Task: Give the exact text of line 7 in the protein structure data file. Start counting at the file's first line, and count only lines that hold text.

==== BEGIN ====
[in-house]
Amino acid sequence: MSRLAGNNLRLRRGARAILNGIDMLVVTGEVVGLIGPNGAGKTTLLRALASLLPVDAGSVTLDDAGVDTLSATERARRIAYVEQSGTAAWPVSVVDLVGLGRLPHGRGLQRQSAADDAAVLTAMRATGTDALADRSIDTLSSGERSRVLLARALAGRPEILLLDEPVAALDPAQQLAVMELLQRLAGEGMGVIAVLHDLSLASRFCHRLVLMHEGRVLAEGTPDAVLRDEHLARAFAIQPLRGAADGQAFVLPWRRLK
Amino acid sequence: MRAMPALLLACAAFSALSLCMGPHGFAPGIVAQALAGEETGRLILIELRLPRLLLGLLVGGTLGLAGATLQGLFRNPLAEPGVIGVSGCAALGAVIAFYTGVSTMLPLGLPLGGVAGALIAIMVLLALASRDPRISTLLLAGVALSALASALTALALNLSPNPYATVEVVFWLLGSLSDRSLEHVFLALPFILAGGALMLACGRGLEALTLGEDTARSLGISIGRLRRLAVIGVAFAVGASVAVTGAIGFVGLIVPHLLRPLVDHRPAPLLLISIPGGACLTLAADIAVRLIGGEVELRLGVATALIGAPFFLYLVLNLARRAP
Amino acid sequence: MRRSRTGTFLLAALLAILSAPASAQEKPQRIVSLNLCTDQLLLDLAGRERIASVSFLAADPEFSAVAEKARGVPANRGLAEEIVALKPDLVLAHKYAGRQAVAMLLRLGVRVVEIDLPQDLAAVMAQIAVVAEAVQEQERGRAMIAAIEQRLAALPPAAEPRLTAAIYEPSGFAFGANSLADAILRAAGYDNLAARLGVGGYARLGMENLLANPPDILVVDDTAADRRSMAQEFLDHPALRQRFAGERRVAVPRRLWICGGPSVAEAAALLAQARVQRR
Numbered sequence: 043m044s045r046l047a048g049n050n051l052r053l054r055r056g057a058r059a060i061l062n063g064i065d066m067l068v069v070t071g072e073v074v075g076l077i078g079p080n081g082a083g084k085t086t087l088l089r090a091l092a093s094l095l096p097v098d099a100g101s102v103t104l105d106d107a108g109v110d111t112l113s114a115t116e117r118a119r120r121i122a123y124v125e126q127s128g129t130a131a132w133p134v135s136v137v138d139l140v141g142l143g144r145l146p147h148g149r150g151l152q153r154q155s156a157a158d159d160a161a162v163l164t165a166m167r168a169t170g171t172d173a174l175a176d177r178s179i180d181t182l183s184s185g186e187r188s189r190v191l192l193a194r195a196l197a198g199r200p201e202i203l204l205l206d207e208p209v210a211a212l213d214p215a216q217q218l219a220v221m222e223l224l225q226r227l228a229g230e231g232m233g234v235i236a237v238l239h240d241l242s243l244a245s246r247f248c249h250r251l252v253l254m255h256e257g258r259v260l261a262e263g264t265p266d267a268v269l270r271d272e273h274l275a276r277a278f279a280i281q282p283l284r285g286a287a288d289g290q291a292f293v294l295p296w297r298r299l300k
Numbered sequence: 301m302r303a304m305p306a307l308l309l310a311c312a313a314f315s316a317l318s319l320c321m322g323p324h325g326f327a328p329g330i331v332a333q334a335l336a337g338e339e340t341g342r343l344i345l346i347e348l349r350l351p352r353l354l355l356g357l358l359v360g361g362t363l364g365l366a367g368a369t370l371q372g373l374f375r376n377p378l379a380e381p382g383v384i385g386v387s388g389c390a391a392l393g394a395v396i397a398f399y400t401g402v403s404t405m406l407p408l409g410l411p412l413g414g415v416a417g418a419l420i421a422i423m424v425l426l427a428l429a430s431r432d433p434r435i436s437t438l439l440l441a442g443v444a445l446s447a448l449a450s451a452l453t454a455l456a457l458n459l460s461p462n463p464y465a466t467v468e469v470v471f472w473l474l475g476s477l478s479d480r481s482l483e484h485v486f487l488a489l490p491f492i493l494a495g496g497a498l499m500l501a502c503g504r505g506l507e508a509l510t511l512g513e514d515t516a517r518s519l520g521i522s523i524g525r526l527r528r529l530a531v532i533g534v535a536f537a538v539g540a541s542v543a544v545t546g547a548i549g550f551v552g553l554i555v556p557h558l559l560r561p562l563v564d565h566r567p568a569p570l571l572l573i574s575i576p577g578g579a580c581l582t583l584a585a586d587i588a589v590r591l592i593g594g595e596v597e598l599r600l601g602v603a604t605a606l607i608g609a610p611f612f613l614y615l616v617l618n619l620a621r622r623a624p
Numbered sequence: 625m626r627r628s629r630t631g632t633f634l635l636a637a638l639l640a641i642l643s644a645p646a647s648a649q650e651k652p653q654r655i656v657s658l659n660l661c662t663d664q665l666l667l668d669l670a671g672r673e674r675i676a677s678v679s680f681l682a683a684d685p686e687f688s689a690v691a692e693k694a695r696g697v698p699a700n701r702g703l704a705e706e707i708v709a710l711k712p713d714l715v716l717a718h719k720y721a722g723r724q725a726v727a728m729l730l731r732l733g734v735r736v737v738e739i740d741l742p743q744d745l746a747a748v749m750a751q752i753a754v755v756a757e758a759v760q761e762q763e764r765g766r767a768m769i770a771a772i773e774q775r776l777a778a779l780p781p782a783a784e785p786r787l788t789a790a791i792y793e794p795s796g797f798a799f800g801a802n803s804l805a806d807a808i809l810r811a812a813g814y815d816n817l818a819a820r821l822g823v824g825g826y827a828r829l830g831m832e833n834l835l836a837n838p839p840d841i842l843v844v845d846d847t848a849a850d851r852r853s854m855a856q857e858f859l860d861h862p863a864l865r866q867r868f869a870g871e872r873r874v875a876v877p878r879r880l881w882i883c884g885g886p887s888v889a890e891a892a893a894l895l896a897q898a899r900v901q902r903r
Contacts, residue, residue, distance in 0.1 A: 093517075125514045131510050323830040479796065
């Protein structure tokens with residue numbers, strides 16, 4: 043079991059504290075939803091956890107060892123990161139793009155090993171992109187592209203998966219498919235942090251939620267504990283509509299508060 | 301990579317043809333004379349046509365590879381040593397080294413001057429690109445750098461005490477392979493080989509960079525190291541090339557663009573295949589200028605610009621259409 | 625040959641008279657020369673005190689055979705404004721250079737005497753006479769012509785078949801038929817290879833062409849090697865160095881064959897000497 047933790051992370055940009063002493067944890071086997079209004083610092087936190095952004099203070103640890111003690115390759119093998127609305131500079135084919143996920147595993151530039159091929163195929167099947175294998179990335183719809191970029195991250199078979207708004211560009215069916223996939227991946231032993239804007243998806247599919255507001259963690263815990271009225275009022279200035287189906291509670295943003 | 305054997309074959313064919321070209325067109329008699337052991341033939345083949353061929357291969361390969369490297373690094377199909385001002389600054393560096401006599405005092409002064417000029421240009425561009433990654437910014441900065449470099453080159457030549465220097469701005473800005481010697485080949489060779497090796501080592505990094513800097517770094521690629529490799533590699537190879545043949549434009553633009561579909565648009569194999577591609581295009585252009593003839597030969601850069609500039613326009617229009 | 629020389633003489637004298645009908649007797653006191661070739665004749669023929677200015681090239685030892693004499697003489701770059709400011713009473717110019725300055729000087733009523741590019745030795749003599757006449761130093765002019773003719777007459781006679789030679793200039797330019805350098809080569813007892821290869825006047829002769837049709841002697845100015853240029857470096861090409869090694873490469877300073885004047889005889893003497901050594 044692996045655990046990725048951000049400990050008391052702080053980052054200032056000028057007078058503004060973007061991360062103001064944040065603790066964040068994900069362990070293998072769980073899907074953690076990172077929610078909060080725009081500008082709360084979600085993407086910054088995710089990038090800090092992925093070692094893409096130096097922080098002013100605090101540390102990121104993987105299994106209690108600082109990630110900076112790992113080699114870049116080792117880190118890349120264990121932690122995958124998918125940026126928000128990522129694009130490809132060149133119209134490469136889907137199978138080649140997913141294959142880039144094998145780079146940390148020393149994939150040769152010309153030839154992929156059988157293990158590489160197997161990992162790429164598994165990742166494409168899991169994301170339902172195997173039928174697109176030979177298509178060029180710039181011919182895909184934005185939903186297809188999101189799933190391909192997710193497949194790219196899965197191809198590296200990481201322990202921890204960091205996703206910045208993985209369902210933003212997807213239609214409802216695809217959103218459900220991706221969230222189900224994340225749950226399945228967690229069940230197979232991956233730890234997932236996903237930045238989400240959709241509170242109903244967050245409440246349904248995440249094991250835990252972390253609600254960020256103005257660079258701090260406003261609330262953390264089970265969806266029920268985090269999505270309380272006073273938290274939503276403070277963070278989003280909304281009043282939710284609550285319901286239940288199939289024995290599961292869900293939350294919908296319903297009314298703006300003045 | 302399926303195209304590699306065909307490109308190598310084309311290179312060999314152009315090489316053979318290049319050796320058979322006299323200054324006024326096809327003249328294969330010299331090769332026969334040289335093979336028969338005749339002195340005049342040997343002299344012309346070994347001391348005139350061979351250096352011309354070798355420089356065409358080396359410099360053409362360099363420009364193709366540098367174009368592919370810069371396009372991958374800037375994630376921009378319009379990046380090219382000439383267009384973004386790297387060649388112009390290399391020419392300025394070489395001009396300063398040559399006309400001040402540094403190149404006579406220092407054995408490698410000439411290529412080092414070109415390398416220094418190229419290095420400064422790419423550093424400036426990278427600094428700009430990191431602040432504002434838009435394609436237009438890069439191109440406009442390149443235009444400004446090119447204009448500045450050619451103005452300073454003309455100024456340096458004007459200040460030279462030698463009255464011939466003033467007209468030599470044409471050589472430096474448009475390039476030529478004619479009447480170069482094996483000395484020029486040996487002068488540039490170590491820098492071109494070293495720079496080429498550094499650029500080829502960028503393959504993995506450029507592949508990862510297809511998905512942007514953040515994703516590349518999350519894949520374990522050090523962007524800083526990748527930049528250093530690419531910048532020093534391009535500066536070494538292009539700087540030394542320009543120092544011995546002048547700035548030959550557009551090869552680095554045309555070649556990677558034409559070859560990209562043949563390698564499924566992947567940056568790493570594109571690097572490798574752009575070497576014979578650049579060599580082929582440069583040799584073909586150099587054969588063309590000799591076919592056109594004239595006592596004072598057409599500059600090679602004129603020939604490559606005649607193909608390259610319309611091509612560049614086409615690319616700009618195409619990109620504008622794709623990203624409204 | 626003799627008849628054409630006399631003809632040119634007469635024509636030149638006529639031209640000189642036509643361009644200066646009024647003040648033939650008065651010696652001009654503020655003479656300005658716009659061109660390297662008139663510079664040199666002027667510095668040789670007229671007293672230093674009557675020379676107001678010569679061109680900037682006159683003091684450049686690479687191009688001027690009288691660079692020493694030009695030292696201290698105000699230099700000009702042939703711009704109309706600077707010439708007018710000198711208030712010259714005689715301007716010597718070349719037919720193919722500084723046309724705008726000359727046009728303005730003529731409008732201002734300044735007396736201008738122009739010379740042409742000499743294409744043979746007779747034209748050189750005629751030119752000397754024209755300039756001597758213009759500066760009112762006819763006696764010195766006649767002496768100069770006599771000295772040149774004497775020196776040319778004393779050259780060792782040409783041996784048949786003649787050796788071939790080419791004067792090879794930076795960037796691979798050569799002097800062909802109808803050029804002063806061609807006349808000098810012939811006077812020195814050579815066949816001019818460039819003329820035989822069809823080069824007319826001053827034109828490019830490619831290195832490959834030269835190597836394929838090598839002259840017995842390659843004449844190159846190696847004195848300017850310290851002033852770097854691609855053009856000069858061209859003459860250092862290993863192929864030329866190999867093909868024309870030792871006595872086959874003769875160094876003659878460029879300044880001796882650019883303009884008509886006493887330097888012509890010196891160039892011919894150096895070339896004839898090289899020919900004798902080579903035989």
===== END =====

Numbered sequence: 625m626r627r628s629r630t631g632t633f634l635l636a637a638l639l640a641i642l643s644a645p646a647s648a649q650e651k652p653q654r655i656v657s658l659n660l661c662t663d664q665l666l667l668d669l670a671g672r673e674r675i676a677s678v679s680f681l682a683a684d685p686e687f688s689a690v691a692e693k694a695r696g697v698p699a700n701r702g703l704a705e706e707i708v709a710l711k712p713d714l715v716l717a718h719k720y721a722g723r724q725a726v727a728m729l730l731r732l733g734v735r736v737v738e739i740d741l742p743q744d745l746a747a748v749m750a751q752i753a754v755v756a757e758a759v760q761e762q763e764r765g766r767a768m769i770a771a772i773e774q775r776l777a778a779l780p781p782a783a784e785p786r787l788t789a790a791i792y793e794p795s796g797f798a799f800g801a802n803s804l805a806d807a808i809l810r811a812a813g814y815d816n817l818a819a820r821l822g823v824g825g826y827a828r829l830g831m832e833n834l835l836a837n838p839p840d841i842l843v844v845d846d847t848a849a850d851r852r853s854m855a856q857e858f859l860d861h862p863a864l865r866q867r868f869a870g871e872r873r874v875a876v877p878r879r880l881w882i883c884g885g886p887s888v889a890e891a892a893a894l895l896a897q898a899r900v901q902r903r